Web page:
I sort of inherited this fine-looking specimen of a frame bag when it didn’t fit on Thumbeena’s bike. I have to admit that I was a little baffled when it came to how to attach the Wedge to a regular double diamond frame, but eventually, I figured it out and I’ve taken it out into the wilds of Wisconsin for about a month now. I had to make some modifications to the top tube attachment straps to allow for the bolt-on top tube bag that came with the pictured Corvus Crow Pass adventure bike. I also added additional straps that were not included with the bag in the installation shown in the photos. The top tube straps on this bag employ an extra flap of material that insulates the frame from the velcro closures (photo right). The Wedge also has a port for a hydration pack or battery cables that exit the top of the bag near the stem.
The single compartment on the drive side is large enough to carry a compact pump, tube, and repair kit along with snacks or a light jacket. I found it to be more functional than I had expected since I’m more accustomed to using larger frame bags. The size and shape allowed me to carry three tall insulated water bottles on the frame with the help of the Wolftooth B-Rad cage rail.
The pocket on the port side is large enough to fit a giant I-phone with a case with no problem. You could probably squeeze in a couple of packs of firecrackers or a wallet in there too. But I wouldn’t trust this bag to keep my powder (or electronics) dry in a rainstorm. There’s a big difference between the two bags in the photo above. They might look the same, but the Rockgeist bag is where I’d trust my fireworks to stay dry-ish. Of course, you could just put the things that need to stay dry in a ziplock or in a different spot on the bike. I always carry my firecrackers in a ziplock.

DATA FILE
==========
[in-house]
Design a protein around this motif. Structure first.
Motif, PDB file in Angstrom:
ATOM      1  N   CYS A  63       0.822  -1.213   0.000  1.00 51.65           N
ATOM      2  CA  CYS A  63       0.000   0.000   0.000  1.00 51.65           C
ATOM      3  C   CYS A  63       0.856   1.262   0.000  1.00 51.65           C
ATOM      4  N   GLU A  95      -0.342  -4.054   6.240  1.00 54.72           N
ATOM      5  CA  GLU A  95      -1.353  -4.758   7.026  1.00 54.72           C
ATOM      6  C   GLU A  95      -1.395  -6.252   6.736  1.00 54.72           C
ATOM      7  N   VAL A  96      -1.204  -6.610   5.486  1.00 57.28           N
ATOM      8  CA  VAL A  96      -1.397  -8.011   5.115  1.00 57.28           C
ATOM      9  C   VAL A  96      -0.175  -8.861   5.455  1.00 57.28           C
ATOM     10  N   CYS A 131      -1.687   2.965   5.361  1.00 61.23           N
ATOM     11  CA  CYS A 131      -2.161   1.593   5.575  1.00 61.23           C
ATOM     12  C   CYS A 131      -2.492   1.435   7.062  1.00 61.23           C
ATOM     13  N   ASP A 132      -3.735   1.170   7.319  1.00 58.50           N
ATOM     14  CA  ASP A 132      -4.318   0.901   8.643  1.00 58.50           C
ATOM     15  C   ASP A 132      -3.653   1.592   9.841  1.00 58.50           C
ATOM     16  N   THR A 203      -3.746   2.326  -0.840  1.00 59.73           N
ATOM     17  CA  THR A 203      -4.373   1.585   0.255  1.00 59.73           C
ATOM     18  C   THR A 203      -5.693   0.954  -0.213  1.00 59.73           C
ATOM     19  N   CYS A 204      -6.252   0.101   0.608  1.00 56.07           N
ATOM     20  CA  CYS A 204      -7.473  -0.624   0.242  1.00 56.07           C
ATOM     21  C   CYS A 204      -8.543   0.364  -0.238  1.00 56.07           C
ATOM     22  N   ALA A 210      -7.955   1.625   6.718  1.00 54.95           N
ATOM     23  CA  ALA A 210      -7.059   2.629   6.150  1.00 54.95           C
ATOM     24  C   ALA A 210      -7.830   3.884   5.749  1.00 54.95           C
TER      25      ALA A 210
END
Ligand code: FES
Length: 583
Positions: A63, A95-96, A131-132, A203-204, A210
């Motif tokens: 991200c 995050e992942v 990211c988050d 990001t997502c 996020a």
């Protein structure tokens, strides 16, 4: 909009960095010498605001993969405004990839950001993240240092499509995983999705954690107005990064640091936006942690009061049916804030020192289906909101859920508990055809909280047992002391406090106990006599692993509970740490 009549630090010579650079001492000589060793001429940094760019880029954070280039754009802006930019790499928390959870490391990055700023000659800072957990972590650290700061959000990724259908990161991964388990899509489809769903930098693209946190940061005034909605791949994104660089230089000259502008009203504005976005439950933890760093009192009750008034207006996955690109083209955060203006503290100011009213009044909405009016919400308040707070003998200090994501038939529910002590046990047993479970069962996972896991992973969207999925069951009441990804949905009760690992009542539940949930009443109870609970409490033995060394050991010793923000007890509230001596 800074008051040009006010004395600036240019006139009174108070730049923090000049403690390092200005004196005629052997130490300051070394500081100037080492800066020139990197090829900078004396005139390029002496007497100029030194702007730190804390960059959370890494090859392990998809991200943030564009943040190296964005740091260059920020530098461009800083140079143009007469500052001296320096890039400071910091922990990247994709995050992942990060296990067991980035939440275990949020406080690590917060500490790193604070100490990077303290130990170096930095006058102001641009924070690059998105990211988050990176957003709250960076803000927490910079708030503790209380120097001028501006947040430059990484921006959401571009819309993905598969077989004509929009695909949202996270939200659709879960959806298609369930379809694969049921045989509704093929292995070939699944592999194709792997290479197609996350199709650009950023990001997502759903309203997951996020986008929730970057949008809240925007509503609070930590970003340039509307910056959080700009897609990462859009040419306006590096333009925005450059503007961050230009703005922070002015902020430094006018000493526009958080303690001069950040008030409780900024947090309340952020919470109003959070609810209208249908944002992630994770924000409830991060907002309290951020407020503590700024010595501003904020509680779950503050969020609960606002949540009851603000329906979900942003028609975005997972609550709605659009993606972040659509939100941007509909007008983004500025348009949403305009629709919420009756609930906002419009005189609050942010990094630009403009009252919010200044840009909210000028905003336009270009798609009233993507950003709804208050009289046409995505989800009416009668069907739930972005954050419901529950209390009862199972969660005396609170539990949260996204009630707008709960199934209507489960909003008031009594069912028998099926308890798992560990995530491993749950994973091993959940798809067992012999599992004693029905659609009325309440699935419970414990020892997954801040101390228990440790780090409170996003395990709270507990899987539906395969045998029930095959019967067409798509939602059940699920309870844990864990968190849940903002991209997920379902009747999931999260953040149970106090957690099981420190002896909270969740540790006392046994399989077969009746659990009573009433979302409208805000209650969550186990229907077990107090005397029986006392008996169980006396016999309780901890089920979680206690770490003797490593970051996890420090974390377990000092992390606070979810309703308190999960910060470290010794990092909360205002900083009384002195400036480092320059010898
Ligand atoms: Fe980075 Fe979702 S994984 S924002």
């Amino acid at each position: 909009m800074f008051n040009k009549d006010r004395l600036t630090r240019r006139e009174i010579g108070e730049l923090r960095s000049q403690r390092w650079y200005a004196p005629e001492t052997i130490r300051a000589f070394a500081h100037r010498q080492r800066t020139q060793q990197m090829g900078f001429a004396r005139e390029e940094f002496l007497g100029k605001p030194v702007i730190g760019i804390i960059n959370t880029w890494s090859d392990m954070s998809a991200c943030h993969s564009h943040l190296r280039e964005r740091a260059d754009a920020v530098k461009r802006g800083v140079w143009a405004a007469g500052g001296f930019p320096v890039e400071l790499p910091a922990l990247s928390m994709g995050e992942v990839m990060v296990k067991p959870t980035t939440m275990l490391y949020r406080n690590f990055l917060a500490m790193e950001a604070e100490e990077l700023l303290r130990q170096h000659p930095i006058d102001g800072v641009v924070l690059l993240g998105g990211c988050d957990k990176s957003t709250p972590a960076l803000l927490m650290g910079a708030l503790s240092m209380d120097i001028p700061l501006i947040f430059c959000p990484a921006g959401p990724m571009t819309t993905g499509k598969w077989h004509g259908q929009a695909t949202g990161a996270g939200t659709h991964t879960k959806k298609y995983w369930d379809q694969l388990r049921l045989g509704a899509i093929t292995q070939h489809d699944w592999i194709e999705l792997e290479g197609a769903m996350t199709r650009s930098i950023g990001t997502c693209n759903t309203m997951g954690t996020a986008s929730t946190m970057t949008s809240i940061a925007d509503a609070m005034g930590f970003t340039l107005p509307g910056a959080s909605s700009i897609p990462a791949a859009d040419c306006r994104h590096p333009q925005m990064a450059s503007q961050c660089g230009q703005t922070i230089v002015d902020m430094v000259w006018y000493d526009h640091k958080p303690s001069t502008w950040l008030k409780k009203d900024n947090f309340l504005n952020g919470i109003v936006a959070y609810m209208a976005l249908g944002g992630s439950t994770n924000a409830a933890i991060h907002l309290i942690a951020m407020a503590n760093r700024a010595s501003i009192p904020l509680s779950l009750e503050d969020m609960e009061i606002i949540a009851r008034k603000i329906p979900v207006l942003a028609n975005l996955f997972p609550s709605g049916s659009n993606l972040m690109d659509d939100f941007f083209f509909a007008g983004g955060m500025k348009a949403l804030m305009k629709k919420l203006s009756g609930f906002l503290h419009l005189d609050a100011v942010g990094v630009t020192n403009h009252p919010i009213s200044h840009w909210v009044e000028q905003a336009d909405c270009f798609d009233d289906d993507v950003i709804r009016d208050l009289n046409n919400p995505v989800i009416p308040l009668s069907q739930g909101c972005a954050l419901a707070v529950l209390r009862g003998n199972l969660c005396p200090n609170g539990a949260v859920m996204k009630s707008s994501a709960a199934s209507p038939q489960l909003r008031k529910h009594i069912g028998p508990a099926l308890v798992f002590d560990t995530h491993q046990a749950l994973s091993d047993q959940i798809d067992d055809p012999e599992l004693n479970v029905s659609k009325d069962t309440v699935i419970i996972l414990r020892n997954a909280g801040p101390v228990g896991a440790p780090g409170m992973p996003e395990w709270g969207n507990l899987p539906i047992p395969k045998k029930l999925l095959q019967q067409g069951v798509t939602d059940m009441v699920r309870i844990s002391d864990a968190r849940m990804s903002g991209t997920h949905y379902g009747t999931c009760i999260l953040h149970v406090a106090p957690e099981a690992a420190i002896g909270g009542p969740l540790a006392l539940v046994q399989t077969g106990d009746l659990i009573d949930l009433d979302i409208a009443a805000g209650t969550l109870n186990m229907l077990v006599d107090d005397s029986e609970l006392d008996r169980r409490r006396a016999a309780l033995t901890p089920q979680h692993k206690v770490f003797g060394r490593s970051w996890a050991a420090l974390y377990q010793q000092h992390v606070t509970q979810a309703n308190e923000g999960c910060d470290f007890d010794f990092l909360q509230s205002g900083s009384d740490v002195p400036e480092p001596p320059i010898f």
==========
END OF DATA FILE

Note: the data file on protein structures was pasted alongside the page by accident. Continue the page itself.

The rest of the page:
For me, I think the size is great for summer, but as things get colder, I’d need more space to store a puffy jack or a set of pogies. I have some lingering doubts about the long-term durability of the material used in the shell of the wedge. This comes from seeing what happens to fabric that gets exposed to the rigors of ten billion rattles and trail bumps. It would probably work well enough for most folks, but the truly hard-core bikepacker might be better off looking for something that’s built a bit more sturdy. That being said, the bag has performed beautifully during this initial test period. The MSRP on the Wedge is $60.
For more information about the State Bicycle Wedge Frame Bag visit – https://www.statebicycle.com/collections/bike-bags-packs/products/state-bicycle-co-wedge-framebag